How to write about rape
10 tips from a Canadian guide to reporting on sexual violence
Meghna Anand is a student of journalism who is completing Docfort’s Certificate Course in MedicoSocial Journalism. She wrote this article as part of her internship with Newstracker which published it at https://bit.ly/2C5OorE.
As NewsTracker continues to map the news coverage and journalistic challenges of reporting on rape and sexual violence across India, we looked at similar projects across the world and came upon Femifesto, a Toronto-based organisation that created a free guide for Canadian journalists reporting on sexual violence.
Femifesto founders Shannon Giannitsopoulou and Sasha Elford wrote Use the Right Words: Media Reporting on Sexual Violence in Canada in 2015, informed by “survivors, journalists, anti gender-based violence advocates, lawyers and community members from across Canada”. We believe some of their dos and don’ts could be helpful for journalists in India as well.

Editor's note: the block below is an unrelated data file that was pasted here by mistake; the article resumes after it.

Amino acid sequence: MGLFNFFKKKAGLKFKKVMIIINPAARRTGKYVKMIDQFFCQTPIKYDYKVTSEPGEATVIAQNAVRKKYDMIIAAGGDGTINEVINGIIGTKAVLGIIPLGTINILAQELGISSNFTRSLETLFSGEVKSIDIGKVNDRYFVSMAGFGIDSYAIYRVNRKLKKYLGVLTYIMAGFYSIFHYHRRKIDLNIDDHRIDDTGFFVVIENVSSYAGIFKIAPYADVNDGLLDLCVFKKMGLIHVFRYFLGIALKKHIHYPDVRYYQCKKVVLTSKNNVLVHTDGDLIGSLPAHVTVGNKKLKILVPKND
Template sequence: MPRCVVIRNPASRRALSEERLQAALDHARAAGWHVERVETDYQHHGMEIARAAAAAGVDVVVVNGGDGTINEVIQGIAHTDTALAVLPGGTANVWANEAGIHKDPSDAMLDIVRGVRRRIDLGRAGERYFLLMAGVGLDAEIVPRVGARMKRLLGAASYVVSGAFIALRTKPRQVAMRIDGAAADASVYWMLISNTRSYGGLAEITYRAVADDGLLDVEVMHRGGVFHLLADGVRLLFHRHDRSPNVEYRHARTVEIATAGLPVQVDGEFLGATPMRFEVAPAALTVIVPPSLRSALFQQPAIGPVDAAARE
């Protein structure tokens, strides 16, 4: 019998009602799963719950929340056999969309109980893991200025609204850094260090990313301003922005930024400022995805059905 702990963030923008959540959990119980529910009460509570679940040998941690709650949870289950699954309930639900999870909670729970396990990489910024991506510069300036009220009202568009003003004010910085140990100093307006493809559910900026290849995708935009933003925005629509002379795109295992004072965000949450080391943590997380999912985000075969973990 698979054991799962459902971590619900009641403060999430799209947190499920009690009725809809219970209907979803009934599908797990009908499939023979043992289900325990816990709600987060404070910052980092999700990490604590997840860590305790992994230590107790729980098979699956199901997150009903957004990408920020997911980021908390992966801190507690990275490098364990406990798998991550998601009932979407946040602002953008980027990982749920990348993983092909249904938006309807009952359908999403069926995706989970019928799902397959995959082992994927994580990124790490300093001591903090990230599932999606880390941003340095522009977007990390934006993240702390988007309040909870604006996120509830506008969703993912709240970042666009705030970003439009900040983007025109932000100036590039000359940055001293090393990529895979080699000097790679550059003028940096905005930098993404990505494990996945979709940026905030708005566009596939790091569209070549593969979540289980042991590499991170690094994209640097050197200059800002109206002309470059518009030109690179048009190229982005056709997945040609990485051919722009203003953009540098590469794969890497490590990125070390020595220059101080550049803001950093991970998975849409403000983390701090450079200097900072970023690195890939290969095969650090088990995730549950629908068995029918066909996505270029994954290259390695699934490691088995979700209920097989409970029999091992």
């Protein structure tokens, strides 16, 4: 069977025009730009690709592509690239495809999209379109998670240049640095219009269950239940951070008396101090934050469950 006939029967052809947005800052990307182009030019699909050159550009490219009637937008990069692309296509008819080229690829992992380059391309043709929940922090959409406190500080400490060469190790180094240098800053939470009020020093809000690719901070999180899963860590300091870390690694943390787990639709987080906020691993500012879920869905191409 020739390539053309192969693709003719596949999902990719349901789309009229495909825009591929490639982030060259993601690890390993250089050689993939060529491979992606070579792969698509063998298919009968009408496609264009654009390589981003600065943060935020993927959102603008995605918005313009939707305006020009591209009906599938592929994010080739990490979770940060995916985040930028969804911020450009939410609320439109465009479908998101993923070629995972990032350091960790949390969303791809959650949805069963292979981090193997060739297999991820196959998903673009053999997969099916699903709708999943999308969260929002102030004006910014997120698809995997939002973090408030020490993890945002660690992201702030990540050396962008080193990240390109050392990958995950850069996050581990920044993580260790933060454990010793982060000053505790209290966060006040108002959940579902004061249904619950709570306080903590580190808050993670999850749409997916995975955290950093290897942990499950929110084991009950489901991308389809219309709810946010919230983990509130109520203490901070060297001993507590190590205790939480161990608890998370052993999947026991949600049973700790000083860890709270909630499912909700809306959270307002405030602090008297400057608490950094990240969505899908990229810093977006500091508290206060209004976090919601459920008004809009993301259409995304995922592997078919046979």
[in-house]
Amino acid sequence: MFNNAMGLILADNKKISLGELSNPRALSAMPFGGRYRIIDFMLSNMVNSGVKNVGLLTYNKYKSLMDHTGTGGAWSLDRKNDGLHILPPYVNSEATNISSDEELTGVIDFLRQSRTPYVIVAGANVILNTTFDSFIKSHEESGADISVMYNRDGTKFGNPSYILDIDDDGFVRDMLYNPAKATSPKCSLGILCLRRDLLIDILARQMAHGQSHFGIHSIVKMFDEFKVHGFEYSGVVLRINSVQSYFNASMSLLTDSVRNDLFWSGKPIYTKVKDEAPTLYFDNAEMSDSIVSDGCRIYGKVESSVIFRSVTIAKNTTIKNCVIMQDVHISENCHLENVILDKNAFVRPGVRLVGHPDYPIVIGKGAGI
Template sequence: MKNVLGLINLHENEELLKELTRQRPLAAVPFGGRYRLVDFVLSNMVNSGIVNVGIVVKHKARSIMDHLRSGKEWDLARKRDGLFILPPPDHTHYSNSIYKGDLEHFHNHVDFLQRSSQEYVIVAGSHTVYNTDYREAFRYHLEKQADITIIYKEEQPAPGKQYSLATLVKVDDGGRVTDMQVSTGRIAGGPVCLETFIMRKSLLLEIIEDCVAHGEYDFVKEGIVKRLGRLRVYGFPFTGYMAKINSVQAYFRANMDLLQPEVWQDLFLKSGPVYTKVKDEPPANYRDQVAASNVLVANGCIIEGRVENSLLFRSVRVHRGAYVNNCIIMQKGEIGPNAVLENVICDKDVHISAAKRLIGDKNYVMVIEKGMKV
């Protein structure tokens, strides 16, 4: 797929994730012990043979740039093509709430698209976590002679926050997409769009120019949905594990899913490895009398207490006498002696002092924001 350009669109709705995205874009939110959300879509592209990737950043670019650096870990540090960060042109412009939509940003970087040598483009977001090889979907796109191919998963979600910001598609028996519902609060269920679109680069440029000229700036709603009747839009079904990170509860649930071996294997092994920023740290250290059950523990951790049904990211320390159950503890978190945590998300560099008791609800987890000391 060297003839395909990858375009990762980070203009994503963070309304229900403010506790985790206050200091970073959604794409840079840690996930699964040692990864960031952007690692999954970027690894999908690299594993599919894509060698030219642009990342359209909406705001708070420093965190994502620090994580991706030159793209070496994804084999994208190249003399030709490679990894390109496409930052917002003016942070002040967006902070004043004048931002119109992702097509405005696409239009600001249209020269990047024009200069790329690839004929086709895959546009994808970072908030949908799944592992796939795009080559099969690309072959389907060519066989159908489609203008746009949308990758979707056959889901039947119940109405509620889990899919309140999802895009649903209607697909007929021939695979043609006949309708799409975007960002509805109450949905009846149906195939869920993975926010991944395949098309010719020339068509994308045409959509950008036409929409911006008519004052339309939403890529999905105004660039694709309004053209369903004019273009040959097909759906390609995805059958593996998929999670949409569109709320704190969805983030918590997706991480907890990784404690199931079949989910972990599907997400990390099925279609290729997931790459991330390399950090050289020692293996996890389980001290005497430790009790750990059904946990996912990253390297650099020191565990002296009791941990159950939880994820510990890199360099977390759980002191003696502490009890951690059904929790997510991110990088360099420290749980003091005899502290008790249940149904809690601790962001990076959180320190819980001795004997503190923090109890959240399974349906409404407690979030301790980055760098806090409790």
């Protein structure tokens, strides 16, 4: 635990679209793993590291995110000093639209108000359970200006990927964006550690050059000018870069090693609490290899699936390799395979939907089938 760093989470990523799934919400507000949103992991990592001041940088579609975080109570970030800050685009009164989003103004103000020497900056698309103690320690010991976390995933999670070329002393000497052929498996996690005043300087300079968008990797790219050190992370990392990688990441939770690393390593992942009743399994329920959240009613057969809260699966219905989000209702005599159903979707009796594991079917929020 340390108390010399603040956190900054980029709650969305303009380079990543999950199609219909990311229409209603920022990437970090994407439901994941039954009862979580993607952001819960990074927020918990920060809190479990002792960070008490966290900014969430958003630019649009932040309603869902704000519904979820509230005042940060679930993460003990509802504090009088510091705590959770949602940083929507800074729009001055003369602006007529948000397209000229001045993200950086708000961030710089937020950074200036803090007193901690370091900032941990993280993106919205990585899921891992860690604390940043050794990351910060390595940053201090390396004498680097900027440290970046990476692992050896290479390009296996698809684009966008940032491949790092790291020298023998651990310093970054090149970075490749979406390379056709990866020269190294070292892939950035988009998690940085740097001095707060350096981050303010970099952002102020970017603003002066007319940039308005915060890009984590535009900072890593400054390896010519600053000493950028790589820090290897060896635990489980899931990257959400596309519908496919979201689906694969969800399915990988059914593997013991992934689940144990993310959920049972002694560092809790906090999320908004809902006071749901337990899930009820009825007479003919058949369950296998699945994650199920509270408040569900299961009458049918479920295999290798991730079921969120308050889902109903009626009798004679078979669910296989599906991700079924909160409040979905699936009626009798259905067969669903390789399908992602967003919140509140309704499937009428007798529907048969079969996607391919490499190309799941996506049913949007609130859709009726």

Here are 10 broad guidelines that we parsed from Femifesto’s checklist.
1. Survivor, victim, or…?
There is some debate over whether the term ‘victim’ or ‘survivor’ should be used for a person who has experienced sexual assault. Some journalists have told NewsTracker that they use ‘survivor’ for anyone who has lived through sexual assault, and ‘victim’ for those who have lost their lives. In the event that the survivor is being interviewed, Femifesto recommends letting them choose how they want to be referred to:
· Use a descriptor the survivor being interviewed prefers, such as “survivor” or “person who experienced sexual assault”.
· Many people may prefer the term “survivor” because it conveys agency and resilience.
· “Complainant” is another option if the survivor has filed legal charges.